Tuesday, 18 November 2008



Roam Free!

This memory takes me back to the time I had my
first 'real' bike given to me. It was my welcome home
present from my Mum and Dad after being away
for a couple of weeks at my eldest sister Mary's
house in Tongham, Nr Aldershot, Surrey. I suppose
I was eight or nine years old at the time.

It was a bad time as my Mum had to go into hospital
and have an operation to remove a lung. Myself, and
my younger brother and sister, Billy and Sally, were
'barracked' out for two weeks in a really 'hot' summer.
Adventuring was very high on the agenda, and thanks
to a neighbours boy who was just a couple of years
older than me, I got plenty to think about.

From playing down at the 'rickety' railway bridge,
where we used to invade some poor chaps spinach
patch, and playing 'chicken' with the steam trains.
(Ashamedly). To messing in the orchards and hop-
fields that were rife in the area at that time. An old
deserted 'oast-house' in the village was one of our
favourite spots for just 'hanging out'.

It was the time of Tizer and Jubblies. Two things
we'd not experienced back home in leafy Wargrave,
so that in itself seemed like we were 'big-time'. As
for bed-time, we had to share beds with my sister
Mary's other four kids in a three-bedroomed house.

My sister Sally naturally shared with our niece
Valerie in her bedroom. But in the boys room there
was my brother Billy and Me. Little Ray, Tony, and
baby Graham who were of course our nephews.
Do you think much sleeping went on? Not a lot.

Those two weeks seemed to last forever, and even
today, I can't believe we could have crammed so
much adventuring into two weeks.

Anyway, when we got back home, we'd all three
been bought something 'special' as our reward for
having to be away from home, and as I said earlier,
mine was a bike. It was a girls bike. 'Pink', and a bit
on the big side. It was our neighbours' daughters' old
bike that she'd grown out of, but that didn't worry me,
I was now independant to the point I could go any-
where I wanted, when I wanted, and I did.

A few weeks later, and I was really starting to miss
the friends I'd made in Tongham where we'd spent
the summer, and I got to conspiring with a good
friend at the bottom of our road, Bob goddard. His
dad used to drive a huge lorry, and Bob would often
go out with his Dad on long lorry trips, so knew his
way about our part of the country well.

I asked him if he knew how to get to Aldershot,
and he did. I asked him if he fancied doing a bike-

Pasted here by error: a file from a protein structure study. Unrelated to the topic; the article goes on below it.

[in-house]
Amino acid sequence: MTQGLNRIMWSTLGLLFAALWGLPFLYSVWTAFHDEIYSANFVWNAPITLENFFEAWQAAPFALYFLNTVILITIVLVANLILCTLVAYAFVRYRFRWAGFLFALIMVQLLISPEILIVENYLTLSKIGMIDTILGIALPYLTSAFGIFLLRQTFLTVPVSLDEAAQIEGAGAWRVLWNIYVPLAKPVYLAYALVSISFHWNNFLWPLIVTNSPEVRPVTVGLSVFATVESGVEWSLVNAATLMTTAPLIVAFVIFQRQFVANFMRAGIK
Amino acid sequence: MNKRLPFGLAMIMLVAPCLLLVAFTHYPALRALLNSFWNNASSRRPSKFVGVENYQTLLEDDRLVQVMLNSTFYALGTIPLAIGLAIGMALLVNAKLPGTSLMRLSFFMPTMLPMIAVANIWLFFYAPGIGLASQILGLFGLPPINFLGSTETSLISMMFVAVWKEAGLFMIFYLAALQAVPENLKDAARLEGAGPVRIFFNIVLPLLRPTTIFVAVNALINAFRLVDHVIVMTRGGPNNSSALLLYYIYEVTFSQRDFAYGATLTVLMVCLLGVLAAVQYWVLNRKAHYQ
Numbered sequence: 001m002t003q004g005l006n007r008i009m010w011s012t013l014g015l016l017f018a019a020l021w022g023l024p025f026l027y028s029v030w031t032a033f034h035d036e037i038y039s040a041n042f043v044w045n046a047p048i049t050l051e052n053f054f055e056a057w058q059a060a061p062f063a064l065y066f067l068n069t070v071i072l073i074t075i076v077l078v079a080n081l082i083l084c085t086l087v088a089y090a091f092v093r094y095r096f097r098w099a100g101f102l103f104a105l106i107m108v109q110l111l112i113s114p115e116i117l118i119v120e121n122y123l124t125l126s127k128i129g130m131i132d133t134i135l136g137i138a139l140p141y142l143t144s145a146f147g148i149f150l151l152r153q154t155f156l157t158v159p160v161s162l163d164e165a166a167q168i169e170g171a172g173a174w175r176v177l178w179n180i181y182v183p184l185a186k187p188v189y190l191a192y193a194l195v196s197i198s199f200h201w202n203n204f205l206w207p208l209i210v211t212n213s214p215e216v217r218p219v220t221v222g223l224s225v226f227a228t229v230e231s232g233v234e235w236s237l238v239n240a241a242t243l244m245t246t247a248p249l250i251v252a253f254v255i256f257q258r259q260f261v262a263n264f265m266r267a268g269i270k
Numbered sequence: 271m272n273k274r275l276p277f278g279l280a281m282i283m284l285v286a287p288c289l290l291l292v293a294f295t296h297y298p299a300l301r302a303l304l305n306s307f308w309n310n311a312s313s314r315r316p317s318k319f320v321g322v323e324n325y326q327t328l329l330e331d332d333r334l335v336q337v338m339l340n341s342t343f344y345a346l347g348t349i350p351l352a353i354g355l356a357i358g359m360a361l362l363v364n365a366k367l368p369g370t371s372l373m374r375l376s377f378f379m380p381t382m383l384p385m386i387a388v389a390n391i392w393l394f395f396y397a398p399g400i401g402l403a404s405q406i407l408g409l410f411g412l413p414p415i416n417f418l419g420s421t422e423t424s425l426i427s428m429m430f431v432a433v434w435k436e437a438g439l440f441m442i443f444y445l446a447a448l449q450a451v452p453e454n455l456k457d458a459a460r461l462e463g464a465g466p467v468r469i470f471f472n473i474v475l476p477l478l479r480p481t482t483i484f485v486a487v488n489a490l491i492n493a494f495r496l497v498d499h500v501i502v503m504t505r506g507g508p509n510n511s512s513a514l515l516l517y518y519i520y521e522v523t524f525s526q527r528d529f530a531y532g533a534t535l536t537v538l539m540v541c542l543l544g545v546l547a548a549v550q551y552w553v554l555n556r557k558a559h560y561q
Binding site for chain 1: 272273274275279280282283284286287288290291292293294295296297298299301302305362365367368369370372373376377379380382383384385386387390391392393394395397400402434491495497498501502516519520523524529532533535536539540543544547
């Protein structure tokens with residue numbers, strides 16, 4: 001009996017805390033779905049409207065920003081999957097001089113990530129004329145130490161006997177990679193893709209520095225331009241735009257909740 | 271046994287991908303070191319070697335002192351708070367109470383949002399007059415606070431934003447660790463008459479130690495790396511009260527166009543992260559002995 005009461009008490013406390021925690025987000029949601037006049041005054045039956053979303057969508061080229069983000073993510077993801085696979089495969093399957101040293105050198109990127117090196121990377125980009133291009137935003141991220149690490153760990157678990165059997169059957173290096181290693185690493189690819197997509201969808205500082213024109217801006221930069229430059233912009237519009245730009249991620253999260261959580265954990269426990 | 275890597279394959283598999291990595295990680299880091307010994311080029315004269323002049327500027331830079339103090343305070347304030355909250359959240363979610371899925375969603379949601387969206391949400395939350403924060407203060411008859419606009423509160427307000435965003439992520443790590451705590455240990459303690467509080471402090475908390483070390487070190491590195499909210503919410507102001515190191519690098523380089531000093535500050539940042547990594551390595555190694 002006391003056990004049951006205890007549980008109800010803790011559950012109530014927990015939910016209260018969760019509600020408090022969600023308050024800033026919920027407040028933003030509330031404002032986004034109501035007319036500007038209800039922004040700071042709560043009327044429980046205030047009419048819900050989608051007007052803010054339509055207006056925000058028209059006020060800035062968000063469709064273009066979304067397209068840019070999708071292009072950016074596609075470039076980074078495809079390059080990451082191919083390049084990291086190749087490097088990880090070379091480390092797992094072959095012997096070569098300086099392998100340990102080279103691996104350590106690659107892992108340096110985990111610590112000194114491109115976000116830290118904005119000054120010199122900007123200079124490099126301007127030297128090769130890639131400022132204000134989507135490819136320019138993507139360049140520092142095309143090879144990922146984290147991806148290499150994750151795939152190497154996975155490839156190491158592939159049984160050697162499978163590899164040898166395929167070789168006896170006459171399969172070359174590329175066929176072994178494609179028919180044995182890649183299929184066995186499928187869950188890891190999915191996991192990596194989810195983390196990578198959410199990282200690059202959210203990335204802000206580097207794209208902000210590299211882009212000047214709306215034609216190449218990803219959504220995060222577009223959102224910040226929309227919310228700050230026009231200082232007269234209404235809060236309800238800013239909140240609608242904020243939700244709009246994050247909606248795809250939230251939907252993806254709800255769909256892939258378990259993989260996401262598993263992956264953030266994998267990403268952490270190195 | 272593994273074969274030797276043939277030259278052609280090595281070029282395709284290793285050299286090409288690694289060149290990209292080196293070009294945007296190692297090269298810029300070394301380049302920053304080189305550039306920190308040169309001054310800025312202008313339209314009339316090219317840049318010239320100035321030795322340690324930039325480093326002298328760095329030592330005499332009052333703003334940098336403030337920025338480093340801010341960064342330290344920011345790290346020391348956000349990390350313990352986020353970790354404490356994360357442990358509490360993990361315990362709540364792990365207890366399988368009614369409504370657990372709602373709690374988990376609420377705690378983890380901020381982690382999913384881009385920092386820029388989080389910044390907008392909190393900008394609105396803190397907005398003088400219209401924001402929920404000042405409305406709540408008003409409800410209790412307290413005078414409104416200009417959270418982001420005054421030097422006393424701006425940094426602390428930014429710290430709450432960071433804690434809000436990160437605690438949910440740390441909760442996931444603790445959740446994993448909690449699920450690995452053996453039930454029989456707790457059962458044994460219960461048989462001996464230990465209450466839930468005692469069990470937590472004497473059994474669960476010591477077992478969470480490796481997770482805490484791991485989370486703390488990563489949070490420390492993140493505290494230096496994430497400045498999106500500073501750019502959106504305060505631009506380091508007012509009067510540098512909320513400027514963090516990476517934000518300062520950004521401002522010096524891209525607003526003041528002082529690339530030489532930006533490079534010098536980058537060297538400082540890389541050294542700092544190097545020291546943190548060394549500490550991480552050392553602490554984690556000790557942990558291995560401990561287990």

ride there on the Saturday, and he did. So we
managed to get a few bits and bobs to eat along
the way and a couple of bottles of water. Then on
the Saturday morning we both sloped off in the
general direction of Aldershot.

I mentioned earlier that it was a particularly 'hot'
summer, and this day seemed to be the hottest. We
thought we'd been going for miles when we ran out
of water, but infact, we'd only gone four or five in the
'right' direction, as Bob had taken us on a rather
longer route than we'd needed to go. He was
following the route that his Dad used to take in his
lorry, but his Dad delivered grain from the BB&O
depot in Twyford, and of course went 'round-robin'
as it were. I know at one point we were pushing
our bikes up Bix-Hill on the north side of Henley-
on-Thames. Completely in the wrong direction.

We stopped at a little shop in Spencers Wood to
tell the shopkeeper there our plight, and hope for
some sympathy, (which we got). Thankfully in the
shape of some Smith's Crisps and a bottle of
Corona Lemonade. This helped us get the rest
of the way to Aldershot, and from there I knew
my way to Tongham and my sister's house.

Sadly, it was now gone two o'clock in the after-
noon. It had taken us 'far' longer than we'd hoped,
and to cap it all, there was no-one in at my sister's.
Our hearts sank as we sat there wondering what
to do. The whole estate seemed deserted, there
didn't seem to be anyone around.

Then a neighbour from accross the way, who I'd
not met before came over to us. Said she recog-
nised me and that my sister and the family were
over the park playing 'Stool-ball'. (Apparently like
rounders but with slightly different rules). My
sister was in the team and it seemed like the
whole village had turned out to watch this 'mom-
entous event'.

We made our way over the park and caught about
half an hour of the game. Enough to see Mary
batting away and running for all she was worth.
(I'd never seen her so active). When she finished
and came over to see Me and Bob who were
sitting with 'Big Ray' (her hubby) and the kids, she
was absolutely flabberghasted, she couldn't
believe we'd made so much effort to get over to
see them on such a hot day.

We got taken back to the house naturally, and got
fed and watered. But there was only time to have
a little natter before we had to start making our
way back home to Wargrave. Only 'this' time,
Big-Ray drew us some directions to follow so that
we'd get home a lot quicker than it had taken us
to get there.

I suppose it was a sign of the times back then, that
our Mum's and Dad's never even missed us. Just
asked if we'd had a good time. Great stuff!

Although we never got to meet the friends I was
originally missing, that day is 'so' ingrained in my
memory that I consider it one of my 'treasures'.

I wonder if old Bob Goddard still remembers?
Or even if he's still around? So many friends now
dropping off the perch, you begin to wonder.

Catch you later.



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